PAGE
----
ESRB’s Reaction Statement to SCOTUS Decision

Entertainment Software Rating Board (ESRB) president Patricia Vance issued a statement today praising the Supreme Court’s decision on the California violent videogames law and said that it is a validation of the ESRB ratings system’s effectiveness in keeping mature-rated games out of the hands of children. She goes on to say that the power to keep games out of the hands of children has always been in the hands of parents when they use the tools that are already available – coupled with retailer enforcement of the ESRB system. Full statement below:

"ESRB welcomes the Supreme Court’s decision in this case, especially given its validation of the ESRB rating system as an effective and reliable tool that parents use to decide which video games are appropriate for their children and family. Today’s decision acknowledges the value and effectiveness of the ESRB rating system, the Federal Trade Commission’s positive assessment of our self-regulatory regime, and the latest research showing that game retailers overwhelmingly enforce their voluntary store policies regarding the sale of Mature-rated games. In striking this law the Court has made clear that the video game industry effectively empowers parents to be the ones to decide which games are right for their children.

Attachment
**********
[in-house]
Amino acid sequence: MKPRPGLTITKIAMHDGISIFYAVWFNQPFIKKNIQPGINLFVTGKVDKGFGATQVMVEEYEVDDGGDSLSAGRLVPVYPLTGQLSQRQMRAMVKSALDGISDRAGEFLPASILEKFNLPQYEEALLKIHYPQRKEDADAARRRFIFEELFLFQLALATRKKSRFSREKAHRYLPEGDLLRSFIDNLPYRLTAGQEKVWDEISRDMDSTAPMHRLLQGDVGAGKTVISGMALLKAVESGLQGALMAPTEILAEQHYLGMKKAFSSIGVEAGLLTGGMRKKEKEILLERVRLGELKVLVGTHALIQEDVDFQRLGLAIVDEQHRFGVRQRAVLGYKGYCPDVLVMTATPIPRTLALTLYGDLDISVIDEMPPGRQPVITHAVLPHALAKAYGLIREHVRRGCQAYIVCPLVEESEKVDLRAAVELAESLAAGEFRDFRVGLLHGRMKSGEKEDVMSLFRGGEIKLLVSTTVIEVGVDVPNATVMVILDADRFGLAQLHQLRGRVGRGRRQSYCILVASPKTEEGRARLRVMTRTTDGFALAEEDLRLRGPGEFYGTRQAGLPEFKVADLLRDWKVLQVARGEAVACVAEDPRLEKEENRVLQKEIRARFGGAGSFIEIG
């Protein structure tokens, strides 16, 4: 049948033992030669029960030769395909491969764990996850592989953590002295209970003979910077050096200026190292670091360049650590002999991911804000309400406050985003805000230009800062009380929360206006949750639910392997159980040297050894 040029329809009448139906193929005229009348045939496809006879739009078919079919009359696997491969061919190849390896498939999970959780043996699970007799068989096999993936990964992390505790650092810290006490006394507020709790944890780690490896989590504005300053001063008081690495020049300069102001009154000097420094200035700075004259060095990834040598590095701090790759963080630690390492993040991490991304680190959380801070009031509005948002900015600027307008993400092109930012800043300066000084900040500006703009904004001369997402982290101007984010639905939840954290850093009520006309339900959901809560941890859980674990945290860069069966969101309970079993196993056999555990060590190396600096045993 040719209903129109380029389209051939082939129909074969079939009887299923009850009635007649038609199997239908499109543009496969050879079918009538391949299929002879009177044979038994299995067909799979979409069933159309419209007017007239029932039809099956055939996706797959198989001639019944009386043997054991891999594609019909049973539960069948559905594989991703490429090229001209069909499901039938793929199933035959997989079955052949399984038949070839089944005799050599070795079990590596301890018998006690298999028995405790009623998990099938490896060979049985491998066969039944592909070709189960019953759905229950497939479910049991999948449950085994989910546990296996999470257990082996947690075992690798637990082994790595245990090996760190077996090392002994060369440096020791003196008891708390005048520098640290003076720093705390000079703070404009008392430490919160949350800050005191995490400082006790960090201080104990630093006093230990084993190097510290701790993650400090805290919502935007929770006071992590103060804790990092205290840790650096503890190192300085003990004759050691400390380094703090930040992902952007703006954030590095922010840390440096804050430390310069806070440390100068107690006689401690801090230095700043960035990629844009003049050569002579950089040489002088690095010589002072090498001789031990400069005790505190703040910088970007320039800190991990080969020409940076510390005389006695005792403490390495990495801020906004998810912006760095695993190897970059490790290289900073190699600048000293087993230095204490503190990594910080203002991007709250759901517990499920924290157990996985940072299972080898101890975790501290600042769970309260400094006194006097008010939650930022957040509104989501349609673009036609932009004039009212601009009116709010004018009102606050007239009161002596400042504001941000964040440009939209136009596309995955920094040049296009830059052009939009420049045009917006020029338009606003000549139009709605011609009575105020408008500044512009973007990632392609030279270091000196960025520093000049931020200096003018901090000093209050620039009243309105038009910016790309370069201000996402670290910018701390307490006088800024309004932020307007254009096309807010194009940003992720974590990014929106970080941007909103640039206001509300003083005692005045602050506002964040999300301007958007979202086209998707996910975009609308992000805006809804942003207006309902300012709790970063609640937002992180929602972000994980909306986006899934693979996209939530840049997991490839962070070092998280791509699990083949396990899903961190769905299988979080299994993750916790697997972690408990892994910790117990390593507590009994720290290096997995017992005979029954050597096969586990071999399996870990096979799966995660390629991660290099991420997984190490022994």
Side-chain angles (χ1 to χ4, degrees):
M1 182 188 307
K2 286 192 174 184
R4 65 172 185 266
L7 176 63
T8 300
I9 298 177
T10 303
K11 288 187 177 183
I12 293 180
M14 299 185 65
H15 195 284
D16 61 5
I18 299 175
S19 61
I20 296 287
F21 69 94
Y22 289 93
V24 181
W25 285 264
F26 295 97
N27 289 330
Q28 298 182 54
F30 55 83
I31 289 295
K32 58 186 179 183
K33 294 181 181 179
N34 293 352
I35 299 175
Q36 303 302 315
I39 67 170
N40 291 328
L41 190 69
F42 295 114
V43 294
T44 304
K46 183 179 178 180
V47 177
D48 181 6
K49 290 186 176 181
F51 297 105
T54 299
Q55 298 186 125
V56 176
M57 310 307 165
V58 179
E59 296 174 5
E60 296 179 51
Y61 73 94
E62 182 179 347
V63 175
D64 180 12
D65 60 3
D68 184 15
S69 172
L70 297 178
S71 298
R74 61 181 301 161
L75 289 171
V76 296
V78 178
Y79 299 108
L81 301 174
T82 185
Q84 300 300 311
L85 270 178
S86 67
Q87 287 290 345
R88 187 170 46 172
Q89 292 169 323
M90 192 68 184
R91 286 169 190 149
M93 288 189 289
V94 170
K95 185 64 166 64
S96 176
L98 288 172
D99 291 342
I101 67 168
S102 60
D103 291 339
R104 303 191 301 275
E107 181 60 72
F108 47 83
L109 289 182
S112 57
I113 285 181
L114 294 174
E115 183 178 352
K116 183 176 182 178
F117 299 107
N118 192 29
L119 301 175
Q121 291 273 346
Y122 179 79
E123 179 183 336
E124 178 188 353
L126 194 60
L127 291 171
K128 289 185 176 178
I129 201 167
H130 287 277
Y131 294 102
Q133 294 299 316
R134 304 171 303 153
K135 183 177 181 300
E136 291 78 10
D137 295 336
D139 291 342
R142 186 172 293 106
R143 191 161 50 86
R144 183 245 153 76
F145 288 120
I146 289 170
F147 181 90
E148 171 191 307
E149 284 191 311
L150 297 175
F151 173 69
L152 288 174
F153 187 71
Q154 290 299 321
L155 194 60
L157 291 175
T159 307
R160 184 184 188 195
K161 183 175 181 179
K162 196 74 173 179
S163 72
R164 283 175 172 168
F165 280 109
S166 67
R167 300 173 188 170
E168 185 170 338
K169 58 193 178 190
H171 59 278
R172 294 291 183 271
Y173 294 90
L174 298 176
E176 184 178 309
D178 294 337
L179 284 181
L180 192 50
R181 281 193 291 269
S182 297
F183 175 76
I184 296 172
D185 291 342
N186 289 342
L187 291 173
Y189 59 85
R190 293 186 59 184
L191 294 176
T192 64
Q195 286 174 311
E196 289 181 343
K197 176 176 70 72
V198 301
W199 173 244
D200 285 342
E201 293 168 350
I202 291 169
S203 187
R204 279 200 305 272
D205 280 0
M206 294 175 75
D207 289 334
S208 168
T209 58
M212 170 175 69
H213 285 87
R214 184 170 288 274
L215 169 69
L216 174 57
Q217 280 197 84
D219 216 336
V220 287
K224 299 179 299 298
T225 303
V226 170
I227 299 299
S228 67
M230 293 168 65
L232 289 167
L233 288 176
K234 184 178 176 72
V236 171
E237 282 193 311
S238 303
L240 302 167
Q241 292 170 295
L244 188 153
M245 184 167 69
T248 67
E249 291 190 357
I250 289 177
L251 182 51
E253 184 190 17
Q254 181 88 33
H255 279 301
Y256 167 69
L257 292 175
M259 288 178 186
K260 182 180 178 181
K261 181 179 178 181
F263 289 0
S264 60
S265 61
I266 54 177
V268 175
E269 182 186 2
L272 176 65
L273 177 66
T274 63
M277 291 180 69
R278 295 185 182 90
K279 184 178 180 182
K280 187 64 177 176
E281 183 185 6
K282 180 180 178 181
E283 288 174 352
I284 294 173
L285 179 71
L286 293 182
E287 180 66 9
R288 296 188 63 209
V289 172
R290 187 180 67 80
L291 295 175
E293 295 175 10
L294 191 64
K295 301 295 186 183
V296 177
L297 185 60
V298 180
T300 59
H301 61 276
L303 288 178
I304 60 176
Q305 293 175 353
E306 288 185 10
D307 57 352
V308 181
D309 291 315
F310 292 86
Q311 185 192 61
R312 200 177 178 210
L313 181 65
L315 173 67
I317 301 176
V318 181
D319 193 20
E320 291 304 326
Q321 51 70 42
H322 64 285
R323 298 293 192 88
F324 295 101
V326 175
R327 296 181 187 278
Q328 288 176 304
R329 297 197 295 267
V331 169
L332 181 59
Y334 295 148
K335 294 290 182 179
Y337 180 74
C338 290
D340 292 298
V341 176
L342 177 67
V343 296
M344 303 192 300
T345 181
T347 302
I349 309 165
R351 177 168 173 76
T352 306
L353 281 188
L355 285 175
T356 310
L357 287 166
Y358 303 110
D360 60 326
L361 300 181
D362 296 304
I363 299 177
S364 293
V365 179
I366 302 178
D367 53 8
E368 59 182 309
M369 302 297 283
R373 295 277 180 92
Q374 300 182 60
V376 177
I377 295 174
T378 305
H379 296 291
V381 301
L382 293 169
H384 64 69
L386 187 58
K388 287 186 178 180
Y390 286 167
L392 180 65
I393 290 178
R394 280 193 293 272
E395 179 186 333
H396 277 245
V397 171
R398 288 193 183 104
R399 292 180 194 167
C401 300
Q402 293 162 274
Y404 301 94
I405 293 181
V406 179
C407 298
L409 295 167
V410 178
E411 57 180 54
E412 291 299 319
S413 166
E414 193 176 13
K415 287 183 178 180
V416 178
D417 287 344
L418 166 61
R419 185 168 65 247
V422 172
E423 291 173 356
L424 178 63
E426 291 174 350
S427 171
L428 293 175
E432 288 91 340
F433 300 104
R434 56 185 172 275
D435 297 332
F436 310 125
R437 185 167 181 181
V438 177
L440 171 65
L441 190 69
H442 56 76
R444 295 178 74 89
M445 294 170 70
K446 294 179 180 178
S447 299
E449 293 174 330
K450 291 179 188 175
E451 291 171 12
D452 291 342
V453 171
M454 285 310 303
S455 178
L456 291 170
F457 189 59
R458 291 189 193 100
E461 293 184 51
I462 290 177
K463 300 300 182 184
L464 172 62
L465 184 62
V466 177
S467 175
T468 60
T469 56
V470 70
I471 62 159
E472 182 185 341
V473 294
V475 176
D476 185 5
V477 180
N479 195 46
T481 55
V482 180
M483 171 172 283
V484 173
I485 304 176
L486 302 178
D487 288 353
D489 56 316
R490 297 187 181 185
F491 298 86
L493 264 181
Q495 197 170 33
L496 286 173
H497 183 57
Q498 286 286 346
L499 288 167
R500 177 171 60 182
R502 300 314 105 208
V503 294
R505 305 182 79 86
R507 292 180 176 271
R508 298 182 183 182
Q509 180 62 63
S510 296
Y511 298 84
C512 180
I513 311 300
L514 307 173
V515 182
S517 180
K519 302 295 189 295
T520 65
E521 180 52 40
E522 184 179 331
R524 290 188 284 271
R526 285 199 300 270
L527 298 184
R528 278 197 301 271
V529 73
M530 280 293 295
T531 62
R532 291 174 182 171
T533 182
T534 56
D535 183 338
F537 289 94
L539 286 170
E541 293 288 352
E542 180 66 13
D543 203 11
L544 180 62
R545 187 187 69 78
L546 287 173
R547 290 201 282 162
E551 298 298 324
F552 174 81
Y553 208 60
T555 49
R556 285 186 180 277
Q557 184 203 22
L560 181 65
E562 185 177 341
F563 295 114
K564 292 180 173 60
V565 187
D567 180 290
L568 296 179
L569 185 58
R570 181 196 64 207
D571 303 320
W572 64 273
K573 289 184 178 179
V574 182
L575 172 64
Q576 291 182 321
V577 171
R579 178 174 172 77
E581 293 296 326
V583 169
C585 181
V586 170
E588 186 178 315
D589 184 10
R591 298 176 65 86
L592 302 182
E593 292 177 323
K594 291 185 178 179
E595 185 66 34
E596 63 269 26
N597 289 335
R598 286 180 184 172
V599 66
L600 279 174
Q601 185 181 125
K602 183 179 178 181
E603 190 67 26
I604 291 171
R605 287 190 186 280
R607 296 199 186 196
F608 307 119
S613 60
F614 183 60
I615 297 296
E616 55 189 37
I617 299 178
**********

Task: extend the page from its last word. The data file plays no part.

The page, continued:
"The most constructive means of ensuring that children play age-appropriate video games is to educate parents about the tools at their disposal, including ESRB’s two-part rating system (age categories and content descriptors) and rating summaries available at and via a free mobile app. We remain eager to work with government officials, legislators, parents groups and any others who wish to participate in or otherwise support these constructive efforts, which achieve the intended goal without infringing Constitutional rights."

Thanks to Andrew Eisen for the tip.

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  1. 0
    Vake Xeacons says:

    Ahh…ECA, Blizzard, EA, ESRB…I don’t think there’s a sad face today. Oh wait- Hi Leeland! Is someone being a sore woser? Boo Hoo!

  2. 0
    airford says:

    Considering an 80% success rate, it didn’t really need the SCOTUS to validate the ESRB. Just compare it any other entertainment rating format.

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